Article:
Let me share with you one of my favourite pieces. Augustus John's "Woman Smiling".

Tate Britain, Woman Smiling, Augustus John OM
"Woman Smiling" by Augustus John OM, 1908-09.

The first time I saw this painting, which takes up almost the entire height of the Tate Britain wall making her larger than life, I just stared for ages. What was she thinking, why does she look like she is up to no good, or just played a prank on someone? It's a portrait, but look at the expression on her face, the pose, there is so much more going on that it's a delight to watch. Whenever I am feeling grumpy, I look at this painting and smile. Whenever I walk past it, I want to hi-5 the sitter because, she has definitely done something in the evil-genius category and I love how proud she is and how she's about to give it away by doubling over in laughter. This is feel good art, but also says a lot because a woman, not sitting like a lady, top buttons undone, who is she within that society? What is her standing within the Edwardian society? I can work with this. There is a lot to explore. It is, to me, a conversation starter.

All this to say that I recently, and by recently I mean last week, finished a piece I thought would be mind-blowing. Brilliant. Genius. Unfortunately, it was a failed experiment where I wanted to try some new elements out and ended up messing up the composition etc etc etc, I could point out so many mistakes. So all I want to do is burn it. Or repaint, or fix.... but for now, it stays as it is because although I don't like how the pictures turned out, it has many self- redeeming qualities in person.

Eve, Lilith, Yaldabaoth, Garden of Eden, Angel Wings, High Art
"And Now I Am Free/And Now You are Free" (2020)

"And Now I Am Free/And Now You're Free" combines many mythologies where I then created my own. At this point, Lilith, who was Adam's first wife, has already tricked YHWH into revealing his true name and obtained wings. Before flying off to the West, she returns to the Garden of Eden to free Eve, Adam's second wife. Behind the tree, the demiurge Yaldabaoth is watching the scene unfold with envy as according to some myths, he is the one who wanted to prevent humans from eating the fruit of knowledge. Why? Because he was the one who created man; yet, YHWH filled man with the ray of light that became his soul. This made Yaldabaoth jealous. You can read more about him here as it quite interesting, but like many stories, has several variations. I believe people should have the right to follow their own path in life, and to do this, feel free and feel supported as they grow in knowledge about who they are and what they want in life. Depending on the culture and family life, some people feel confined within what is permissible and what isn't, a set of rules that is man made. Religion is man made and it becomes more and more clear the more you read about myths and how they overlap with each other. Unfortunately, being man made, it is also used to manipulate people into a certain pattern of behaviour through fear of being condemned for an afterlife of damnation. Lilith, by offering Eve a bit of the fruit of knowledge hopes to set her free from all constraints, to be who she knows deep deep down that she is. Life is already full of rules, does and don'ts, must and musn'ts, and if you can't be who you are meant to be be, it can be truly suffocating. You are dead even before you have started living. This piece is also a homage to all LGBTQIA, the oppressed minorities, women living under the patriarchy and truly suffer because they are treated as lesser beings, anyone who can't be their true selves for cultural, societal reasons. I know of artists who leave the interpretation of their work to the observer, I know artists who will happily tell you what they were thinking and have a discussion about what they were thinking when creating their work of art. It is a back and forth dialogue and I love talking to people about it, especially when they see beyond what I painted and start creating their own stories. But I, personally, enjoy knowing what the artist had in mind when painting a piece because it also tells me a lot about the artist themselves.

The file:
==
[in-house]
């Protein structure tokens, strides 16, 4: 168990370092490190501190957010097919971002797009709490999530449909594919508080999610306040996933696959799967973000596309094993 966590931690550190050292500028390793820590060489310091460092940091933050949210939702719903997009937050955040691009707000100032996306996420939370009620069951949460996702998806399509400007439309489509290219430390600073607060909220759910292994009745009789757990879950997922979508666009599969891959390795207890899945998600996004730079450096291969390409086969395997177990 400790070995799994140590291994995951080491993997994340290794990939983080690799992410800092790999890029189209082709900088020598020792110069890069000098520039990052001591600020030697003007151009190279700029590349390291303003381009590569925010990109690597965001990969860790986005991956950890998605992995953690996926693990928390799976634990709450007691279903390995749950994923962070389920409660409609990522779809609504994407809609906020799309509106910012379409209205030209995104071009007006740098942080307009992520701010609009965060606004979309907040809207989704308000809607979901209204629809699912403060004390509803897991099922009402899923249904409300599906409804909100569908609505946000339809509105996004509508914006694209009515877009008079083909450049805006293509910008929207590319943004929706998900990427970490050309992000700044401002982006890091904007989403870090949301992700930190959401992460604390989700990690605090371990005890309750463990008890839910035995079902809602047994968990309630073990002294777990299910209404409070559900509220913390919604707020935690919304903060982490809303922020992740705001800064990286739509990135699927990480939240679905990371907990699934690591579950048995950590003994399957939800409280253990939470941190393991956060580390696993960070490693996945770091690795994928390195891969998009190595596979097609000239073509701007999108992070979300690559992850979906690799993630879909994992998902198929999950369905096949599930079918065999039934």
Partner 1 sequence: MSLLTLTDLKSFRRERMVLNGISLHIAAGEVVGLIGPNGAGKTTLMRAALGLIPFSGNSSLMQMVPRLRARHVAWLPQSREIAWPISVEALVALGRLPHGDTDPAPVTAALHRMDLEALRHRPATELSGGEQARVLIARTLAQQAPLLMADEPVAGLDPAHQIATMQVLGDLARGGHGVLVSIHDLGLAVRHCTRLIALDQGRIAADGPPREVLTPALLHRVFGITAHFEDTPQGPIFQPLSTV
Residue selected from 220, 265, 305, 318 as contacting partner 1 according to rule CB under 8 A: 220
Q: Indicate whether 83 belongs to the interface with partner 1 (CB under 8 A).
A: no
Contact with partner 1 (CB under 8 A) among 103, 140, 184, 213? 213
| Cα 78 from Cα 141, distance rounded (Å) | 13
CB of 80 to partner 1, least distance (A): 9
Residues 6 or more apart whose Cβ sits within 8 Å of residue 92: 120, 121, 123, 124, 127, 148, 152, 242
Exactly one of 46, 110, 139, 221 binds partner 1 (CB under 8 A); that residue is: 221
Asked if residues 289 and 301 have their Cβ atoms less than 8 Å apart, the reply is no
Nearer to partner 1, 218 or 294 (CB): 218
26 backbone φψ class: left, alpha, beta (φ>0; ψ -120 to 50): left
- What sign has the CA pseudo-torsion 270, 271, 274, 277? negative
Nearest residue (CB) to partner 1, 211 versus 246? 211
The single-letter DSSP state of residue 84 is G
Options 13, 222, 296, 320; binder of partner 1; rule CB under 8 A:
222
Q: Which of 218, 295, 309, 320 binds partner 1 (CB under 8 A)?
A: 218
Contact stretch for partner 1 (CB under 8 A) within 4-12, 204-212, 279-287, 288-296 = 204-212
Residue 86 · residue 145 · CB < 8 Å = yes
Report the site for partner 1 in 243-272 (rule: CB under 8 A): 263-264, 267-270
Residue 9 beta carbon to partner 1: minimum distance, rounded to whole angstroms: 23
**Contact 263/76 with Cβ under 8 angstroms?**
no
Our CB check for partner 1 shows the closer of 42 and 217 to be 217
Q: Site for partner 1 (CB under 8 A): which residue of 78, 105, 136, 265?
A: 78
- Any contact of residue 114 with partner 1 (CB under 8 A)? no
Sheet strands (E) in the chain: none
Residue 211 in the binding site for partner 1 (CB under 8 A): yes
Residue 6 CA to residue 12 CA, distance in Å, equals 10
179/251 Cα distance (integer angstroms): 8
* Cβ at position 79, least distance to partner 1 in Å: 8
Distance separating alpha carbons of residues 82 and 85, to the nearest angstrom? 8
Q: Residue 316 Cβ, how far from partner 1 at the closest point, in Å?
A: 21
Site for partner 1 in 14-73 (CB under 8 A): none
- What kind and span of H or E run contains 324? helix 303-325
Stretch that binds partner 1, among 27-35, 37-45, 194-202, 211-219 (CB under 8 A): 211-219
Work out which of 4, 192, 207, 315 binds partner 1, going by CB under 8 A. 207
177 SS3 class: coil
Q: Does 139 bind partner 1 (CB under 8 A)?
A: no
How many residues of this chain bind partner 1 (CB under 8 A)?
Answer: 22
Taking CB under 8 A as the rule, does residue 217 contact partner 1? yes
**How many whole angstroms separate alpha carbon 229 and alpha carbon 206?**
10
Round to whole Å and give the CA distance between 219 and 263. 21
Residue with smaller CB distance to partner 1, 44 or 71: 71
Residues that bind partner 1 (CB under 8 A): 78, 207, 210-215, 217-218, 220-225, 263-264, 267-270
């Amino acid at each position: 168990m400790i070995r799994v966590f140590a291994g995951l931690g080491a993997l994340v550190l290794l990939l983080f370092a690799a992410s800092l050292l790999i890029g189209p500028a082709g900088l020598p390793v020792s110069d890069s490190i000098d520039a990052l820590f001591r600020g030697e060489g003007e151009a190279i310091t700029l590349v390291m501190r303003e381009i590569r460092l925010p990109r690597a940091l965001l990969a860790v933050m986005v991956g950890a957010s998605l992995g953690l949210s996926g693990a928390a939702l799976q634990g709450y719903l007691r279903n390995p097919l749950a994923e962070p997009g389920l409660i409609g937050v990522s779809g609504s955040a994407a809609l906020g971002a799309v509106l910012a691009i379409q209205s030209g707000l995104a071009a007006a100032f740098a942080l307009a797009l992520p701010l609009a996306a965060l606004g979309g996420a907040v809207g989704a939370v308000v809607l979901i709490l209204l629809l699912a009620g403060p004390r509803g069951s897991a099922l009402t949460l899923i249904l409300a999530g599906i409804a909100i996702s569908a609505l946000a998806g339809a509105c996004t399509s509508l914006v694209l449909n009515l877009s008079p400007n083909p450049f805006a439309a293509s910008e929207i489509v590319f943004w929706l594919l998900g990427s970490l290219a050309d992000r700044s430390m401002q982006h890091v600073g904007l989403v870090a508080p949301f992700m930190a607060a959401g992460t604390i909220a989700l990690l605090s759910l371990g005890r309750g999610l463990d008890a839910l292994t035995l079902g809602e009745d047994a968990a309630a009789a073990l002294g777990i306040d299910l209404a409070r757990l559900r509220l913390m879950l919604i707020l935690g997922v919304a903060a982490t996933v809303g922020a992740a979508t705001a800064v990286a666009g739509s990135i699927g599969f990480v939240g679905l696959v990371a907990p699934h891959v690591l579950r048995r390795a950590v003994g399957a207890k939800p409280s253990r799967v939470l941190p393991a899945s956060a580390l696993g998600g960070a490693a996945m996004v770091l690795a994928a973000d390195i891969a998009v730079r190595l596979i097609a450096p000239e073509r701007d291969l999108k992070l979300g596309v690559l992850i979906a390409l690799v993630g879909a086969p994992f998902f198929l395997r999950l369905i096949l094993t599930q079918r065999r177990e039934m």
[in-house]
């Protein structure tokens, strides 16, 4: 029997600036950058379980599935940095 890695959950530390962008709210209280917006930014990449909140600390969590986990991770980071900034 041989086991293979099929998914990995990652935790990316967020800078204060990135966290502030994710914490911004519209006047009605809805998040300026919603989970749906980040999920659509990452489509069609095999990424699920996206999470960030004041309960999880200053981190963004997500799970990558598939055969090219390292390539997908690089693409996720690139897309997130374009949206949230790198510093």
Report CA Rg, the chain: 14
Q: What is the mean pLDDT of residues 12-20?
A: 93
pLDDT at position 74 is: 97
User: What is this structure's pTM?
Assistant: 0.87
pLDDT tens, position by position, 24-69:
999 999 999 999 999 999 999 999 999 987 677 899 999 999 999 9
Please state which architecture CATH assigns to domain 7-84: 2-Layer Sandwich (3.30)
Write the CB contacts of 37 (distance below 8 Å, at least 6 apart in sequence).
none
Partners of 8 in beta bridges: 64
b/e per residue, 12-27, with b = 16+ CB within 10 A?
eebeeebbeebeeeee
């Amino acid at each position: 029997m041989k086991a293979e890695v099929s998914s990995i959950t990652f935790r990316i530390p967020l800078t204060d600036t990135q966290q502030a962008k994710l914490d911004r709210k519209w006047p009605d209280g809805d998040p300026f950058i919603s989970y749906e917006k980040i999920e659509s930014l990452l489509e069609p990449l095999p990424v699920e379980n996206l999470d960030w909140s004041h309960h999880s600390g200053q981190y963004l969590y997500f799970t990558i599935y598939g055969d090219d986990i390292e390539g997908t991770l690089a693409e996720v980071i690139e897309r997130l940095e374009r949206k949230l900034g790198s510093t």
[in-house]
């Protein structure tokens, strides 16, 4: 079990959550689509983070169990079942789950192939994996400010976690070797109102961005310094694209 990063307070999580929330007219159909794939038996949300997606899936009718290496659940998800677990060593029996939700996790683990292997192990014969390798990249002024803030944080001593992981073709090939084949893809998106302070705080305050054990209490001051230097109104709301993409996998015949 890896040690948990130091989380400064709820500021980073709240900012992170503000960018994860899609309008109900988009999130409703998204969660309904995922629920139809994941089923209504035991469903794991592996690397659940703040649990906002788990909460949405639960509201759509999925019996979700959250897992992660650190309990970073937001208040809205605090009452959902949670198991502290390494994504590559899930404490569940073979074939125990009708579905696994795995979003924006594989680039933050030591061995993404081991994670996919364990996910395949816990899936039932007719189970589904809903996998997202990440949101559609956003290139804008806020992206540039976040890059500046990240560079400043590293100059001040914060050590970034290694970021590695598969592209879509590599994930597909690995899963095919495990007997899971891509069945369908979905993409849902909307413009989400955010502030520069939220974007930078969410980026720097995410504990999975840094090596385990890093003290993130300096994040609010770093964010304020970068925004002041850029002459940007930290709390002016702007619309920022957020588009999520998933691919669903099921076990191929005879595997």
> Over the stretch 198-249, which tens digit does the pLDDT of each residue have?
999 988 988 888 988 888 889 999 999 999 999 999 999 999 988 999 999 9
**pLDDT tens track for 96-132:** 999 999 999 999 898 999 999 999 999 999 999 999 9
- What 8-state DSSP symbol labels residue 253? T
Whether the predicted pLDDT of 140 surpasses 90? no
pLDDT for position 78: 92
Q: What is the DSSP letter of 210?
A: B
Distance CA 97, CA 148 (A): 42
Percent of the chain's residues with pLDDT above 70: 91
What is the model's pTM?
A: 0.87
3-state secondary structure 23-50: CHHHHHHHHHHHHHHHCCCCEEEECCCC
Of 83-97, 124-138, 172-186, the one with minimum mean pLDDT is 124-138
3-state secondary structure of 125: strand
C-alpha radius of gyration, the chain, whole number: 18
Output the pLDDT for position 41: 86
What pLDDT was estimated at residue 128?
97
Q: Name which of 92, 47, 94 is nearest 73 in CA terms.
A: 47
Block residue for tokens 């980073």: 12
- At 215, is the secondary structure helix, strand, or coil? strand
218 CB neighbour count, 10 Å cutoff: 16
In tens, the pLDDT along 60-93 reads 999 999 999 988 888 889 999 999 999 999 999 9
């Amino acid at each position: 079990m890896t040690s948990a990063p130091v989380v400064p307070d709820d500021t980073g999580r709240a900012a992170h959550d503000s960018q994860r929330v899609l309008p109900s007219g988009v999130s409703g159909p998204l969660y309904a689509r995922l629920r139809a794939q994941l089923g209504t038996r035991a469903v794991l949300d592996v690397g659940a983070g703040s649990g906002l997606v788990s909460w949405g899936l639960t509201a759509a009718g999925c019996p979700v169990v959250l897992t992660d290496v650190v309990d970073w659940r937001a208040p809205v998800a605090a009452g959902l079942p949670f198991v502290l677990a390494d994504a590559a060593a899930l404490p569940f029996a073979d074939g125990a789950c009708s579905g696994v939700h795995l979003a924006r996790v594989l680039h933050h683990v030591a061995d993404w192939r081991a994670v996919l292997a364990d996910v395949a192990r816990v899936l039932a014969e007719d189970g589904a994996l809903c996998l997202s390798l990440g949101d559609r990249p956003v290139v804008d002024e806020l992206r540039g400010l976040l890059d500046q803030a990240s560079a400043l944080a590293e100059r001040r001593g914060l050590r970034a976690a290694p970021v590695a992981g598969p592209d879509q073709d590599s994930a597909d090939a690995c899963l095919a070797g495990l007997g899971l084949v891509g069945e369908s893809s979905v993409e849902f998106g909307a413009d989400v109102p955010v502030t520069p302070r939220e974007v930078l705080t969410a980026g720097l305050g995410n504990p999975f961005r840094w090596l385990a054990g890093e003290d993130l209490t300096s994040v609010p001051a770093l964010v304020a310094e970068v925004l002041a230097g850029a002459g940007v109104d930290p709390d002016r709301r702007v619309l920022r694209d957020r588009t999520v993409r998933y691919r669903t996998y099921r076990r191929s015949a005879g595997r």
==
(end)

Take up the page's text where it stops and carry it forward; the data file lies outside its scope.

Art should uplift, spark one's imagination, start a conversation, be a hero to those who can't protect themselves and let them know they are not alone, it should expose societies' darkest secrets, it should emerge from passion and love, it should make one feel fired up and alive... it should... make your fingers tingle with creativity and energy... I am sure there's a lot more. If you are an artist, or a creative spirit, feel free to add more shoulds!

Recommended reading:

Encyclopedia of Goddesss & Heroines, Monaghan, Patricia Phd.; New World Library 2014 (revised edition)

Great Goddesses: Life lessons from myths and monsters, Gill, Nikita; Penguin Random House UK, 2019